What is the best colour for flasher rigs.
This is one of the discussions that come up very often when choosing your colour variants for flasher material and lures.
When you look at the multitude of information around sometimes this can seem contradictory and confusing. Some of it is because of bro-science (or wives tales) and some of it is because fish at times can be very fickle.
This video below shows different colours with longer and shorter light waves and how they change in the water the deeper you dive.
from Kendall Robergs channel https://www.youtube.com/channel/UC2O-1u_SliVgt7gagnspG8A
Lighter colors lose their visibility first and then darker colours including ultraviolet colours like fluorescents slowly lose their vibrancy while shorter spectrum colours like blue, black and purple becoming the most distinguishable the deeper you go.
This is caused by the scatter effect meaning that water absorbing the light affects the sharpness of colours and dulls them so they can no longer be seen or distinguished from other colours or the become less vibrant the deeper they go.
As seen in this diagram below light penetration between coastal waters and open ocean can also have an effect on the colour spectrum.
Do fish see as we do?
If you take into account that the human eye and fish eyes are similar but also very unlike on how we see colours and shapes in our natural environments. It is realized by many, what we see and what they see is different.
Colours will lose their intensity and become invisible to the naked human eye the deeper they go, fish, on the other hand, have an added evolutionary advantage in deeper waters than we humans do.
Eyeshine or scoptic vision gives fish and other predatory species of animals a distinct advantage over their prey in low light conditions. The reflector that is just behind their retinas, reflect visible light and increases the brightness of what they can see in low light conditions. This though effects their perception of objects and makes them blurry.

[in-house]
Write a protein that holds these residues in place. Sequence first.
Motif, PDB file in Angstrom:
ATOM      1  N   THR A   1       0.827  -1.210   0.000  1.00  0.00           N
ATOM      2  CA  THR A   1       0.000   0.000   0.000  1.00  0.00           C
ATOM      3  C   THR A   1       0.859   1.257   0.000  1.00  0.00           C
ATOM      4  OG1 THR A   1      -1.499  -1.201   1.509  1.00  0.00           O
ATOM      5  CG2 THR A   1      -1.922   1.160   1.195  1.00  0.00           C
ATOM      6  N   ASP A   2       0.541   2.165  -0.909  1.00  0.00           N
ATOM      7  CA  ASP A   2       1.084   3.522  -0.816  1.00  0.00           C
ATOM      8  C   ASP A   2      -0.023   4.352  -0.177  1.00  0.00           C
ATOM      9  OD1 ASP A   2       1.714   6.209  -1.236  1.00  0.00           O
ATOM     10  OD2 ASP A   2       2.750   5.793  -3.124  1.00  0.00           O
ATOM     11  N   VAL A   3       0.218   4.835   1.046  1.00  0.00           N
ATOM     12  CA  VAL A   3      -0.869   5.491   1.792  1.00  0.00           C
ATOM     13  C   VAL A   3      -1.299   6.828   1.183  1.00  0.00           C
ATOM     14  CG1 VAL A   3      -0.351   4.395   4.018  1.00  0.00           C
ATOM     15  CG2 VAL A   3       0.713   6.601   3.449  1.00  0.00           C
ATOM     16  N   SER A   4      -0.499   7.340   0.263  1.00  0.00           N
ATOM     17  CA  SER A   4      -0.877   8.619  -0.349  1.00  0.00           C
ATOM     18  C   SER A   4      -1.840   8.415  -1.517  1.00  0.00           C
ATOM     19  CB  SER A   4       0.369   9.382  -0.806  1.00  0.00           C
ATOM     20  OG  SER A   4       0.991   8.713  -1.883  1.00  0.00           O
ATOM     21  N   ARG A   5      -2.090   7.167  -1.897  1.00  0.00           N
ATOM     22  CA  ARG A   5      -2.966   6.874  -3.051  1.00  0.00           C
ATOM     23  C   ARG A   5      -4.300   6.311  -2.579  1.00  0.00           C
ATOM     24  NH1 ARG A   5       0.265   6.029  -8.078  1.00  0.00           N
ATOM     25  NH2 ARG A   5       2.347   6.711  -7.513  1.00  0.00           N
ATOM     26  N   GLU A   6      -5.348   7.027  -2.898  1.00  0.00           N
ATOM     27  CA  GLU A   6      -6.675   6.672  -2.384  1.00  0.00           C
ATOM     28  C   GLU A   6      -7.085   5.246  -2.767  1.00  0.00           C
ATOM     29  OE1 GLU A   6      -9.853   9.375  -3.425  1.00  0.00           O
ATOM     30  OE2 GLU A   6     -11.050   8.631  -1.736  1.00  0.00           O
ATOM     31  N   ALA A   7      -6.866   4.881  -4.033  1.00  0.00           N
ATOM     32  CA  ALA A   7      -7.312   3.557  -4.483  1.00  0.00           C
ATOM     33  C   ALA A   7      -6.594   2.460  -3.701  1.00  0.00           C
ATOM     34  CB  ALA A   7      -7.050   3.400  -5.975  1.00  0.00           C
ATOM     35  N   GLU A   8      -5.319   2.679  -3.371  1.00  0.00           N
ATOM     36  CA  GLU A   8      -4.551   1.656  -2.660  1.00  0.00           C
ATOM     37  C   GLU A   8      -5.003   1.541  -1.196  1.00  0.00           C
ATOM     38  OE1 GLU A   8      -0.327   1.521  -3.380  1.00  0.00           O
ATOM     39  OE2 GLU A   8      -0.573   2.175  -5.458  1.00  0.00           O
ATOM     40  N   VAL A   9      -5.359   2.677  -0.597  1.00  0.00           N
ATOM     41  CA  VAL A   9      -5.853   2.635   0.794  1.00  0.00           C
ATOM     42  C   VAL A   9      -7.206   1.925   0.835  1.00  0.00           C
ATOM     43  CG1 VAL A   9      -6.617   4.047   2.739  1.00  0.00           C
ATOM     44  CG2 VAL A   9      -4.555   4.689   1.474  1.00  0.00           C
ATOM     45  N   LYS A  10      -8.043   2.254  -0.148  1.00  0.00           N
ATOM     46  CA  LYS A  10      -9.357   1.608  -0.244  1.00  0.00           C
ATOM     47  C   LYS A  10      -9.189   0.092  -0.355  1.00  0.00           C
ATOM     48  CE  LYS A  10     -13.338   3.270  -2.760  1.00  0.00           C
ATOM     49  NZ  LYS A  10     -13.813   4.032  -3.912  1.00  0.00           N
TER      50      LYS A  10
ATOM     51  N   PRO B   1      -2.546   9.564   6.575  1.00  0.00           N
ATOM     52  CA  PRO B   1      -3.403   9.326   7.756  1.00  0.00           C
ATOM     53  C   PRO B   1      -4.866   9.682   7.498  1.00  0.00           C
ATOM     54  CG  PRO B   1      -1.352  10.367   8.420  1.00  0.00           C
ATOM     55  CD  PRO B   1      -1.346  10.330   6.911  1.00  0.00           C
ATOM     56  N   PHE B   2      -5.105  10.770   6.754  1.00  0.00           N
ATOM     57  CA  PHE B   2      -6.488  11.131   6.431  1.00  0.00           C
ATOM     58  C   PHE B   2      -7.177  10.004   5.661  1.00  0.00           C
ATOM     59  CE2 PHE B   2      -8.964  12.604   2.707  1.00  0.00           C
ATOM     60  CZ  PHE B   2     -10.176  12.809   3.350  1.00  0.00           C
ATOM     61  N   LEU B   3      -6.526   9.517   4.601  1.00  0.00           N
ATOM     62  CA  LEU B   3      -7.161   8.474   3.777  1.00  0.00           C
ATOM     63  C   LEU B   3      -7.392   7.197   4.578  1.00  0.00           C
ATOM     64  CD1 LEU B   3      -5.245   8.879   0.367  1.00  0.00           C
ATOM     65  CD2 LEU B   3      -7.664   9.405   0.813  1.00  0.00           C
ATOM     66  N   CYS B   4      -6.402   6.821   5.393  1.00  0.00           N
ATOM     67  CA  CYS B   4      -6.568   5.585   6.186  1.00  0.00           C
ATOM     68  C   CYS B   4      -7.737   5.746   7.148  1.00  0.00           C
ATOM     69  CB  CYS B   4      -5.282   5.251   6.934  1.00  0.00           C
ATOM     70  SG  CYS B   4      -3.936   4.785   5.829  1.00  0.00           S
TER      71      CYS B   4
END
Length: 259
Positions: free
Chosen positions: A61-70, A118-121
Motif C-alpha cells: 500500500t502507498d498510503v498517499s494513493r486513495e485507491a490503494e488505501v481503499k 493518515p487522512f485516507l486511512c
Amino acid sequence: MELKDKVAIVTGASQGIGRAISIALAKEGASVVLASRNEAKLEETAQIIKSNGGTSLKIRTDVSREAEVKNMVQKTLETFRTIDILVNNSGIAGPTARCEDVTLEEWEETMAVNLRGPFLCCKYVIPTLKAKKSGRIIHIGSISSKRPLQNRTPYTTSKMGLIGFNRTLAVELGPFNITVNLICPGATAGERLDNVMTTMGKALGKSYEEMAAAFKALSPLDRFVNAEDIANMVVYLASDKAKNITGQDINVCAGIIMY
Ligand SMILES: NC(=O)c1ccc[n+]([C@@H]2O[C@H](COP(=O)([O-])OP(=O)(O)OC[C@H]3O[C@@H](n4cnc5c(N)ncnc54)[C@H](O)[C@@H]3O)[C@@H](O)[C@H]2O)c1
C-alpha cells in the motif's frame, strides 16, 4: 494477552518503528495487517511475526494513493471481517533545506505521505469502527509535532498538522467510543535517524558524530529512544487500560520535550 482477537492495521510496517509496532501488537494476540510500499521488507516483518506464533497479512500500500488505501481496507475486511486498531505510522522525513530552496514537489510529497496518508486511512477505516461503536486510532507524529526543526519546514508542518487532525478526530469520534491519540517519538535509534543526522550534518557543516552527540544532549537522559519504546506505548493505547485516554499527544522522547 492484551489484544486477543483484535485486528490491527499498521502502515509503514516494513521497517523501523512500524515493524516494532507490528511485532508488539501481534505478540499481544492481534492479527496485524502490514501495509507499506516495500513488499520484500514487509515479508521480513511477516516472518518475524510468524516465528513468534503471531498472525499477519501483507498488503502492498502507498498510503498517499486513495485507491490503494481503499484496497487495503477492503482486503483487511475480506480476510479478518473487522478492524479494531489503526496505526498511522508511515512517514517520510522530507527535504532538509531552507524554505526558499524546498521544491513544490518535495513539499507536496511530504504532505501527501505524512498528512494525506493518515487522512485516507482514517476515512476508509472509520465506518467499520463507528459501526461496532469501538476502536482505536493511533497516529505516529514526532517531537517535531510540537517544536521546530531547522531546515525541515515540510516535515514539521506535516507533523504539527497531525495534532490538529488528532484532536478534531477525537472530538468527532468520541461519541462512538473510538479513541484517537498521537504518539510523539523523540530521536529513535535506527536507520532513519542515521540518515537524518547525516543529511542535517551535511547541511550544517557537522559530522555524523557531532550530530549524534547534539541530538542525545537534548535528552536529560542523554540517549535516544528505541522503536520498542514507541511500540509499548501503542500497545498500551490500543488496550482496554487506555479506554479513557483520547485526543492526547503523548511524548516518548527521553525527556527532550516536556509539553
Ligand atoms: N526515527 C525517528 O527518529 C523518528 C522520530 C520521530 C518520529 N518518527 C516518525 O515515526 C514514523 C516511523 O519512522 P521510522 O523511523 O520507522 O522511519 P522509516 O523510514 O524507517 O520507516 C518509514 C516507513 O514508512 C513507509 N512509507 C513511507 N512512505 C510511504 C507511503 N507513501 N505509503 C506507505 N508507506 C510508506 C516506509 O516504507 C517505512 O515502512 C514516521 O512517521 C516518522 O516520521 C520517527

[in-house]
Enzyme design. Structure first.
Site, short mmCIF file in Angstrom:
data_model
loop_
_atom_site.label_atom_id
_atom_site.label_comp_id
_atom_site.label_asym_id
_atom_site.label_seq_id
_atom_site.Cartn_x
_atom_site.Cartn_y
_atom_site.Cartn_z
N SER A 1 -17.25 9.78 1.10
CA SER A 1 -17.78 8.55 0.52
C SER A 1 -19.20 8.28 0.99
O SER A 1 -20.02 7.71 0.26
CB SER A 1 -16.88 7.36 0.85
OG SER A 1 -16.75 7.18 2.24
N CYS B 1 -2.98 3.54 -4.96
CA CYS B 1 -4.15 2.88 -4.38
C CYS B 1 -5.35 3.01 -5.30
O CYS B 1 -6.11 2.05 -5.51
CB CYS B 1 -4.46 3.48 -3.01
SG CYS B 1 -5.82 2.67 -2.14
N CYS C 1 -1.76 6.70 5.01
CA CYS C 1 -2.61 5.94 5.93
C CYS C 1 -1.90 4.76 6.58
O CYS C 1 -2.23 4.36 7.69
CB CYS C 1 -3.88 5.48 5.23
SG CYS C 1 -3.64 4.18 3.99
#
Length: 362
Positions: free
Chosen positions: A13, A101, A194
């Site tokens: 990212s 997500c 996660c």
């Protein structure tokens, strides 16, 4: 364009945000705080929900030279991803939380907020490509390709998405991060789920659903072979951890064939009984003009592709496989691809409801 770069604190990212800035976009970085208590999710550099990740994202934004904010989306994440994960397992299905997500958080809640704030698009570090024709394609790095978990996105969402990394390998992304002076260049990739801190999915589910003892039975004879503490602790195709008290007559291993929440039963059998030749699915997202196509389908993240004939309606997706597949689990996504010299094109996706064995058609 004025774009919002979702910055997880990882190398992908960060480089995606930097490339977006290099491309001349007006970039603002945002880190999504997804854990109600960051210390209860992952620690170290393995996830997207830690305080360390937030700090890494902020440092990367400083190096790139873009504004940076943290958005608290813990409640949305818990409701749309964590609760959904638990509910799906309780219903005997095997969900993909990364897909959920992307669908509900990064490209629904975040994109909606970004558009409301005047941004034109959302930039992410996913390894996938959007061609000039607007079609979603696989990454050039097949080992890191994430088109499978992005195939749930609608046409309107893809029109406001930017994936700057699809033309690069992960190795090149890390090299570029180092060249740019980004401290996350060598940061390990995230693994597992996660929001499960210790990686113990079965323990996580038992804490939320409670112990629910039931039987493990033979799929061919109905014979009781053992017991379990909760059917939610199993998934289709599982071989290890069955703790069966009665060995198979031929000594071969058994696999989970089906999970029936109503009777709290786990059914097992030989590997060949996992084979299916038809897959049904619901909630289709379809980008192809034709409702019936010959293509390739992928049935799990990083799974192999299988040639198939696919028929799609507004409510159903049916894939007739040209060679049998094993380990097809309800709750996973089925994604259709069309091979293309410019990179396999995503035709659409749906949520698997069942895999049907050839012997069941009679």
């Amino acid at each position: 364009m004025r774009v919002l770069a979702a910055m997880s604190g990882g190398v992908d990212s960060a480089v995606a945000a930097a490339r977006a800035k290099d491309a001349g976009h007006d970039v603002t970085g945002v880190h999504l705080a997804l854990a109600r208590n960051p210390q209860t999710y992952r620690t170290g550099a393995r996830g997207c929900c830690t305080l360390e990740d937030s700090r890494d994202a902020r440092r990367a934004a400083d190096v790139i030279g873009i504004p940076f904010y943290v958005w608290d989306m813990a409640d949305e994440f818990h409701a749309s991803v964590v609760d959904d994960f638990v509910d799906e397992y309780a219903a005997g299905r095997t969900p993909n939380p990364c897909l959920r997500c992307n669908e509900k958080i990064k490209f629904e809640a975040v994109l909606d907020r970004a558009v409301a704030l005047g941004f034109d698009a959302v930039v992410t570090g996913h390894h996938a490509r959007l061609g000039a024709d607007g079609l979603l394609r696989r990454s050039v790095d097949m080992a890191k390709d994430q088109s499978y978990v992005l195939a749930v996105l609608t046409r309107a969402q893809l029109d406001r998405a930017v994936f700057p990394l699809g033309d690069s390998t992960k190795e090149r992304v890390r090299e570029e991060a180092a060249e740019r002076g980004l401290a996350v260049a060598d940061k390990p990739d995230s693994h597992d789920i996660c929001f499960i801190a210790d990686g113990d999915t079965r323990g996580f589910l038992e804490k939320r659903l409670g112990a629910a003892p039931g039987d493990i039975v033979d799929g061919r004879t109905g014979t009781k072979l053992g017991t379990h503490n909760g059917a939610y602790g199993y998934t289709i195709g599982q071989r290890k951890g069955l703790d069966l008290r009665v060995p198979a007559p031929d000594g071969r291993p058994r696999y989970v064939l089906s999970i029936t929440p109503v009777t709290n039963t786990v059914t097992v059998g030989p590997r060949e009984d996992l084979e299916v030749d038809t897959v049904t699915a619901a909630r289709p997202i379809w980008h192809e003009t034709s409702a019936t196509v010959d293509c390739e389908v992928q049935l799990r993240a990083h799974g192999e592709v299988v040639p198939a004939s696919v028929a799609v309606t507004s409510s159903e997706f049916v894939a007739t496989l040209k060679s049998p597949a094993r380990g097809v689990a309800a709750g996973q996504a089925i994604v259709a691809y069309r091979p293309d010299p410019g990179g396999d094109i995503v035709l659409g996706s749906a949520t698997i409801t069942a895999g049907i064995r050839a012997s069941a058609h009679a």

Many species of fish are Trichromats means they can see in all three primary colours but this only accounts for half of the fish species.
Predators, on the other hand, are colour blind and have a keener sense of distance then than other non-predatory species.
Then there are deep-sea fish and blind cave-dwelling fish but in general, the species we are targeting can see a hell of a lot better in low light conditions then we can.
Fsh can see better in these environments then us humans can, we still have to be aware of the depth we are targeting for the species we are hunting.
Even though some species of fish can still see these light colours in deeper depths than us fishos we still want to maximize our efficiency in luring them to our bait and onto our boat as much as possible.
This is why when you are making your own flasher hooks or lures or buying them you will want to pick colours and two tones contrasting colouring that will give you an added edge over their evolution.
By using this very advantage fish have in seeing better than we can in low light environments that also blurs their vision, you can see why flasher rigs like our flasher hooks, that use distinct contrasting colours as well as beads that mimic eyeshine work so well in increasing your hookups.
(Colorblind comparison to show the importance of two-tone coloring)
(photo above 9/0 Blue Sunrise Flasher Hooks Sea Circle)
Everyone is familiar of how well pink lures and flashers work well on many species. Even at depths that we humans would never be able to distinguish.
Some fishos claim that lighter colours attract just as well in the deep, suggesting that is the flasher itself that increases the hookups or the contrasting colours used.
This is why paired colours are so important when selecting the flasher hooks that you buy or make yourself. Your flasher hooks and lures will not be as effective or enticing to the target species you are angling for without paired colours.
Then what colour should you choose when you are out fishing?
Well, there are a few variances you have to consider:
How deep is the structure you are targeting?
How sunny is the day?
How far are you to coastal waters?
Water turbidity (how cloudy or hazy the water is)
Some colour basics when choosing your flasher or lure.
Sunny days- Colours like bronze or gold or metallic colours like chrome work best on sunny days.
So in answer to the question of what colors do fish see?
We have all caught fish at night so we know that there is enough light from the moon and stars for fish that are in shallower and murkier waters to find their prey. Vibrations, smell and shape having a large part to do with this as well as lumo beads.
Having a range of different colour flashers or lures is always your best option when heading out fishing.
If your tried and tested colouring is not working mix it up.
With Better Tackles Rapid Release Rigs this process will take you less than 2 minutes. We don’t just help increase your hookups but also give you a better experience each and every time when you are out on the water pursuing your next PB.